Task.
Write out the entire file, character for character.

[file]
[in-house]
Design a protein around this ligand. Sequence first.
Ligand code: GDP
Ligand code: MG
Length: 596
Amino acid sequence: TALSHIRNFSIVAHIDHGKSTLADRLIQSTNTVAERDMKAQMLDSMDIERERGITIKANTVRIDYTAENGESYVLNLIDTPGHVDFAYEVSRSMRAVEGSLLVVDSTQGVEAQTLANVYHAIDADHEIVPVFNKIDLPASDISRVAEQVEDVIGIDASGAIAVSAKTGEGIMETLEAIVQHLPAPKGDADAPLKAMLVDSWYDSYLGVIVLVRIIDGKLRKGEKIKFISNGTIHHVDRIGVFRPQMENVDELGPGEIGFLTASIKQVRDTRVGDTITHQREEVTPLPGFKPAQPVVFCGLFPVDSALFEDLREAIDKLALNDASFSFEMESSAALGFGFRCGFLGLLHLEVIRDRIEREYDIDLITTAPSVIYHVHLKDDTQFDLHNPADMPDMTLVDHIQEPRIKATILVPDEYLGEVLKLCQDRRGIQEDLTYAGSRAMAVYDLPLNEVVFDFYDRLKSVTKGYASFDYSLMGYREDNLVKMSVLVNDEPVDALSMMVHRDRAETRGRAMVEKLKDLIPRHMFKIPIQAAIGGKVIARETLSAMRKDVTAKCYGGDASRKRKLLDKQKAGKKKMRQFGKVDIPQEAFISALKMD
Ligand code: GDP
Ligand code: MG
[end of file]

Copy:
[in-house]
Design a protein around this ligand. Sequence first.
Ligand code: GDP
Ligand code: MG
Length: 596
Amino acid sequence: TALSHIRNFSIVAHIDHGKSTLADRLIQSTNTVAERDMKAQMLDSMDIERERGITIKANTVRIDYTAENGESYVLNLIDTPGHVDFAYEVSRSMRAVEGSLLVVDSTQGVEAQTLANVYHAIDADHEIVPVFNKIDLPASDISRVAEQVEDVIGIDASGAIAVSAKTGEGIMETLEAIVQHLPAPKGDADAPLKAMLVDSWYDSYLGVIVLVRIIDGKLRKGEKIKFISNGTIHHVDRIGVFRPQMENVDELGPGEIGFLTASIKQVRDTRVGDTITHQREEVTPLPGFKPAQPVVFCGLFPVDSALFEDLREAIDKLALNDASFSFEMESSAALGFGFRCGFLGLLHLEVIRDRIEREYDIDLITTAPSVIYHVHLKDDTQFDLHNPADMPDMTLVDHIQEPRIKATILVPDEYLGEVLKLCQDRRGIQEDLTYAGSRAMAVYDLPLNEVVFDFYDRLKSVTKGYASFDYSLMGYREDNLVKMSVLVNDEPVDALSMMVHRDRAETRGRAMVEKLKDLIPRHMFKIPIQAAIGGKVIARETLSAMRKDVTAKCYGGDASRKRKLLDKQKAGKKKMRQFGKVDIPQEAFISALKMD
Ligand code: GDP
Ligand code: MG